From May 1-6, 2012, New York Asian food enthusiasts are invited to sink their teeth into a week-long celebration of Asian food in the City, with events ranging from a Night Market underneath the Manhattan Bridge to a Salute to Asian Spice dinner, a Talk and Taste event and – of course – a Grand Feast, the festive culmination of the festival. Are you hungry yet?
While this year’s Luckyrice Festival program almost sounds too good to be true (especially if you’ve traveled and eaten through Asia), it’s not… See the goodness for yourself through the tantalizing photos we’re including from the 2011 edition:
If you’re going to pick only one event to attend at this year’s festival, make it the Grand Feast on May 4. “Imagine traveling through all of culinary Asia without leaving the majestic Mandarin Oriental ballroom overlooking Central Park,” the festival organizers’ explain on the festival’s website. The Grand Feast is not an ordinary feast – star chefs from around the world will be serving up their best Asian dishes.
Oh, and did we mention drinks? Where else do you get to taste extraordinary delicacies such as pickled octopus martinis!? We wouldn’t miss that!
To learn more about what kind of discoveries we will make this year, we had a chance to chat with David Wong, currently Executive Assistant Manager and Head of the Food & Beverage department at the Institute of Tourism Studies (IFT) in Macau, which includes the Michelin recommended training hotel, Pousada de Mong-Ha. He is also a renowned sommelier and a regular food and wine judge on the international circuit.
LF: We can’t wait to attend the Grand Feast this year, can you share your best memories from the event last year? The happiest food moment?
DW: Cooking at James Beard House for 80 wonderful guest and 1,000 guest at the Mandarin Oriental for the Grand Feast event, plus meeting Chef Daniel Boulud.
LF: You live and work in Macau, which has a unique cuisine which is a blend of Portuguese cuisine with significant influences from Southeast Asia. What are the dishes one has to try when in Macau?
DW: African Chicken, Portuguese Egg Tarts and Minchi. One of the most famous dish in Macau is African Chicken or in Portuguese, Galinha a Africana. This dish is a result of borrowing ideas from Africa, with spices from Angola and Mozambique. Coconut and peanuts featuring predominately with other ingredients added like paprika, chilli and red bell peppers. Portuguese Egg Tarts or Pasteis de Nata and originally a specialty from the district of Belém, in Lisbon. This is a small round flaky pastry tart filled with a sweet egg cream. It is listed at number 16 on World’s 50 most delicious foods complied by CNN Go in 2011
LF: And how about drinks? What do locals drink in Macau?
DW: Portuguese Wines
LF: One ingredient you can’t live without?
LF: One simple cooking tip that anyone can use?
DW: Keep it simple
LF: If you had to take a food journey in Asia, where would you go?
LF: Since we are not traveling to Asia this year, we will be at Luckyrice festival. Can you give us some insider information on what kind of food and drinks we should or shouldn’t mix, what we should absolutely try, and how to digest it all?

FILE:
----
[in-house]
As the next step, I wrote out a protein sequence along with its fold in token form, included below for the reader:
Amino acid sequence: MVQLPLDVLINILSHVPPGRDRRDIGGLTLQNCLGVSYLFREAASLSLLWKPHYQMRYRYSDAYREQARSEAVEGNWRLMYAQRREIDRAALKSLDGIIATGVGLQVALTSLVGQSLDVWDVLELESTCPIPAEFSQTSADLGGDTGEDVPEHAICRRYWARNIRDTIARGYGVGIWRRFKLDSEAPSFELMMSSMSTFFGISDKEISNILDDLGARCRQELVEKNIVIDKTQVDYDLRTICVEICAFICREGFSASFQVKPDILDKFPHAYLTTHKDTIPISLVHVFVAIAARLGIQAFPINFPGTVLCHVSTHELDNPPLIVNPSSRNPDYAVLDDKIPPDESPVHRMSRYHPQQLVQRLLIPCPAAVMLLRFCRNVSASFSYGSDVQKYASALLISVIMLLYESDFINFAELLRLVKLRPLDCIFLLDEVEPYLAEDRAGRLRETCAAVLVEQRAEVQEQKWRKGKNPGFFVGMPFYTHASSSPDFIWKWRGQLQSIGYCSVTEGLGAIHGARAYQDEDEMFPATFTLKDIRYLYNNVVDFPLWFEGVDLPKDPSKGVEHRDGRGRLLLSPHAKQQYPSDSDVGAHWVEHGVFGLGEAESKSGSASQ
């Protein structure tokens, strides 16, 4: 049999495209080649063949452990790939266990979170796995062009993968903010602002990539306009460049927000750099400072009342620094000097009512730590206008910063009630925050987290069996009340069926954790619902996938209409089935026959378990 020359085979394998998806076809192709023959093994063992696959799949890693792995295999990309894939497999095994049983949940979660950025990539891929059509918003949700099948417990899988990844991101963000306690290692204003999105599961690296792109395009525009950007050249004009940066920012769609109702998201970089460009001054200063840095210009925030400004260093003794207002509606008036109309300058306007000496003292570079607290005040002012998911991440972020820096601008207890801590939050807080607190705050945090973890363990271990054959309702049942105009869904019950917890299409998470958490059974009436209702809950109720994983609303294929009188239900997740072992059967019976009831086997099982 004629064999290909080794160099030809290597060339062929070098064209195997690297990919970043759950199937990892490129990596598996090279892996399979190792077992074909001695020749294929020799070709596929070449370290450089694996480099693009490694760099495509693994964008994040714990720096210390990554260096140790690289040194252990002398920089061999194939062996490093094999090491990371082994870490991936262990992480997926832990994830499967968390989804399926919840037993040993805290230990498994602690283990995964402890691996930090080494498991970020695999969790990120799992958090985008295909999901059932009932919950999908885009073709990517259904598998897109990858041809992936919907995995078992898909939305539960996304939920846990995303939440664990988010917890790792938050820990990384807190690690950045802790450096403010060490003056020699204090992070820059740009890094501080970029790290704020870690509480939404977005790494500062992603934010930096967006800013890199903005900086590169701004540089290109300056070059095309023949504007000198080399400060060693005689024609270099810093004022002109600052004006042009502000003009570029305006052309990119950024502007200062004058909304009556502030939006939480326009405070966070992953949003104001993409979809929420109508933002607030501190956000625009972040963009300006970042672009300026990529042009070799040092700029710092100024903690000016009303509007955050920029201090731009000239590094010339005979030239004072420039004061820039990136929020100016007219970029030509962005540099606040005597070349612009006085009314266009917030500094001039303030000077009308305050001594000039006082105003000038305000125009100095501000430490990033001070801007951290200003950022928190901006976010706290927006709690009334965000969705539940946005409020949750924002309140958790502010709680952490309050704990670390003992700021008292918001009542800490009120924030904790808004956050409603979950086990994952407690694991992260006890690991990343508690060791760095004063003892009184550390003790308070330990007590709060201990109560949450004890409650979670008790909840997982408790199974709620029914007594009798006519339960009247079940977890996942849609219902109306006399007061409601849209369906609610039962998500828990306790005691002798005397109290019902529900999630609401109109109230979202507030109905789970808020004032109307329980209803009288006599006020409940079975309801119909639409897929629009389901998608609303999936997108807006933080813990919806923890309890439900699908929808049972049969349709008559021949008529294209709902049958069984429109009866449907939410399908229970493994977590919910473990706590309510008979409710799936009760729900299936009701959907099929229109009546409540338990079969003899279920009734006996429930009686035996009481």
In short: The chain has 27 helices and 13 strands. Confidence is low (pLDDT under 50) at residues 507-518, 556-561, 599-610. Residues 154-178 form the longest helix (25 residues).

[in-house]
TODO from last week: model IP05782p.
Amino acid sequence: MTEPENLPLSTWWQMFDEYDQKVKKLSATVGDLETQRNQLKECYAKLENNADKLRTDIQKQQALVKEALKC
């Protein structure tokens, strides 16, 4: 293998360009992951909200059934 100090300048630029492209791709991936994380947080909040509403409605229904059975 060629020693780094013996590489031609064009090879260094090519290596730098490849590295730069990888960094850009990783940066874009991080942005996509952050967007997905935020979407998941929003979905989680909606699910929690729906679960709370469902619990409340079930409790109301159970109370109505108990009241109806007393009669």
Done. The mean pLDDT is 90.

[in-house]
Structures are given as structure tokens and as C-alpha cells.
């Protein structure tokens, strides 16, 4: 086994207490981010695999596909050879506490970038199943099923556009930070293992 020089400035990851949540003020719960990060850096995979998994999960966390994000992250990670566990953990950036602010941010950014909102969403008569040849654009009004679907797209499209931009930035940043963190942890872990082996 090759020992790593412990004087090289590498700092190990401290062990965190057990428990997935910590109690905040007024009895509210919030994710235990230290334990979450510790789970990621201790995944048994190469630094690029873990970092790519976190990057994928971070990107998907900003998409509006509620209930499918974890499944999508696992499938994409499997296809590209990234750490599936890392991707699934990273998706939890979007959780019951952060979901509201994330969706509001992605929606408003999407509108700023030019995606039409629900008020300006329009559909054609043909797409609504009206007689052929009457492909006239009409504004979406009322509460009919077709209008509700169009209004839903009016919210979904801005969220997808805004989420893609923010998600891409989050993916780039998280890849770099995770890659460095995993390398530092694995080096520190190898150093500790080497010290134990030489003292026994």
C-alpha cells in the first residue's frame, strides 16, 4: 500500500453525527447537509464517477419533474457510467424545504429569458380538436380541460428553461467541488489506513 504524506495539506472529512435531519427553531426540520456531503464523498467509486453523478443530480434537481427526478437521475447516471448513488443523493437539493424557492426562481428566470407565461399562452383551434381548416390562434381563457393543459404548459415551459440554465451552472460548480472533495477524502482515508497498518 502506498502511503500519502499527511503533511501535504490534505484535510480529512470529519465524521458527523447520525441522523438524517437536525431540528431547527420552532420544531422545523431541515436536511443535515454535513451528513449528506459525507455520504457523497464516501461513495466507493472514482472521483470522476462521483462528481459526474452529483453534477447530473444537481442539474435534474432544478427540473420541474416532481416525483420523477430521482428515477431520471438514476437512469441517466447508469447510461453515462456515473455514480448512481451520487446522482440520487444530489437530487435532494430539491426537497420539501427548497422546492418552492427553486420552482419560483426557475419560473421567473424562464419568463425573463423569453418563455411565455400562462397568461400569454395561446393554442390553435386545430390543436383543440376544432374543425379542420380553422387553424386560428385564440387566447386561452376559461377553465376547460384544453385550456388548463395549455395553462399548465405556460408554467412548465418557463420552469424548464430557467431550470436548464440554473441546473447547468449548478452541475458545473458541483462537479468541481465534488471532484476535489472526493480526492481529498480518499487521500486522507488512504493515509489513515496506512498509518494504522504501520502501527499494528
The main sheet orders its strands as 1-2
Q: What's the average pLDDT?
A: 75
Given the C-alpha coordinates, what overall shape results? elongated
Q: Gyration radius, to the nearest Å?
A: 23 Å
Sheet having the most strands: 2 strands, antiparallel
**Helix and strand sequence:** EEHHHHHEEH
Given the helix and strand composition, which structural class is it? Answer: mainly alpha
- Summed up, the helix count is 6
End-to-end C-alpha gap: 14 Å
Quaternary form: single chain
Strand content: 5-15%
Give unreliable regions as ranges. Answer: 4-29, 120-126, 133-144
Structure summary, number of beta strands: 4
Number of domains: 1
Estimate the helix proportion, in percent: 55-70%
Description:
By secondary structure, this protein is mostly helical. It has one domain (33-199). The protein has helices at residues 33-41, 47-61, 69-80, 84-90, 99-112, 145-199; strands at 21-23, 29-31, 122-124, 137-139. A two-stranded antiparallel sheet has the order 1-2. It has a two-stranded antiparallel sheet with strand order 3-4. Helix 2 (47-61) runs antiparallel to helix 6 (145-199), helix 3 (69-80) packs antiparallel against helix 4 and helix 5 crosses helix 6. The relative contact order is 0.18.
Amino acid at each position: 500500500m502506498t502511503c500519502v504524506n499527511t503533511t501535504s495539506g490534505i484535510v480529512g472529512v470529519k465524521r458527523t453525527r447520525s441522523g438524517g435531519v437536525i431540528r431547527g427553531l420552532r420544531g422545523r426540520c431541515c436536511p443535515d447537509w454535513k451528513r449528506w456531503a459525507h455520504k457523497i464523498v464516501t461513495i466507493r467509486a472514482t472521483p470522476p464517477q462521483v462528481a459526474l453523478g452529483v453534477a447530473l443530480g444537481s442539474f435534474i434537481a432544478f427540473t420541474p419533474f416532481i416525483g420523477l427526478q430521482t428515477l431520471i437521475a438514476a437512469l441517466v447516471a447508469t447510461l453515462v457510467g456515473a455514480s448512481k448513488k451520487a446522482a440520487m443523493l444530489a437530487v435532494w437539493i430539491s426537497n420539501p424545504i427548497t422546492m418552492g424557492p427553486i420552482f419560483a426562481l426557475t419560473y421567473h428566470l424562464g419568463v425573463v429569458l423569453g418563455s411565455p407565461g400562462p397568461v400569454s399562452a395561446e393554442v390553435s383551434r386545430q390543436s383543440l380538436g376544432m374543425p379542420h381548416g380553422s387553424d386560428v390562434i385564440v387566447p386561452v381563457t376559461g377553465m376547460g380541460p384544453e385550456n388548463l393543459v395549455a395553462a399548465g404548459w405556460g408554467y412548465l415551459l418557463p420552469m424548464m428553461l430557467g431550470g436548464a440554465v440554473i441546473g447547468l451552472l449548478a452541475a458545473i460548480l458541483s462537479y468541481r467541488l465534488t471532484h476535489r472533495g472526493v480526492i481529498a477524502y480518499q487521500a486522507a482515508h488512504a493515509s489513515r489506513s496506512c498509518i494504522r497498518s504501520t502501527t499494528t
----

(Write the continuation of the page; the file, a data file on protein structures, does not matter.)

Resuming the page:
DW: Thai food is in, so here are some tips on matching Thai food with Wines, it’s from the article I recently done for South China Morning Post:
Thai food is known for its balance of three to four different sense of taste in each single dish and also for the whole meal. The order of preference usually follows in this order, sour, sweet, spicy and then salty. Thai dishes usually have a strong taste with powerful flavours from lots of herbs, spices and other ingredients which include lemongrass, chilli, garlic, ginger, kaffir lime, basil, mint, coriander and the pungent Nam Pla (fish sauce). Not one single wine will work with every Thai dish due to the many contrasting flavours, textures and fragrance.
A lot of acidity in food will make the wine taste fruitier and sweeter but less acidic. Sweetness in food will make the wine taste bitter and less sweet unless it is sweeter than the food. Salt makes wine tastes fruiter and richer while umami, often referred to as savouriness will make wine tastes more bitter, drying and less fruity. Chilli heat can make wines appear less sweet and red wines bitter and drying. Other factors include flavour intensity, with the food match the weight and intensity of the wine and the method of cooking of the main ingredient but also the sauce and condiments, must be taken into consideration.
Champagne or other sparkling wines, with its bubbles can cleanse and refresh the palate as the acidity can often softens the powerful taste of the spices. Some sugar residue in wines will work with many spicy Thai dishes, acting as a foil to chilli.
LF: Besides Asian food, what’s one NY-specific food you are excited to have on this upcoming trip?
DW: Peter Lugar Steaks, already booked!
This is the third installment of the festival in the City, and soon Luckyrice will be taking over the West Coast (Los Angeles and Las Vegas). Stay tuned!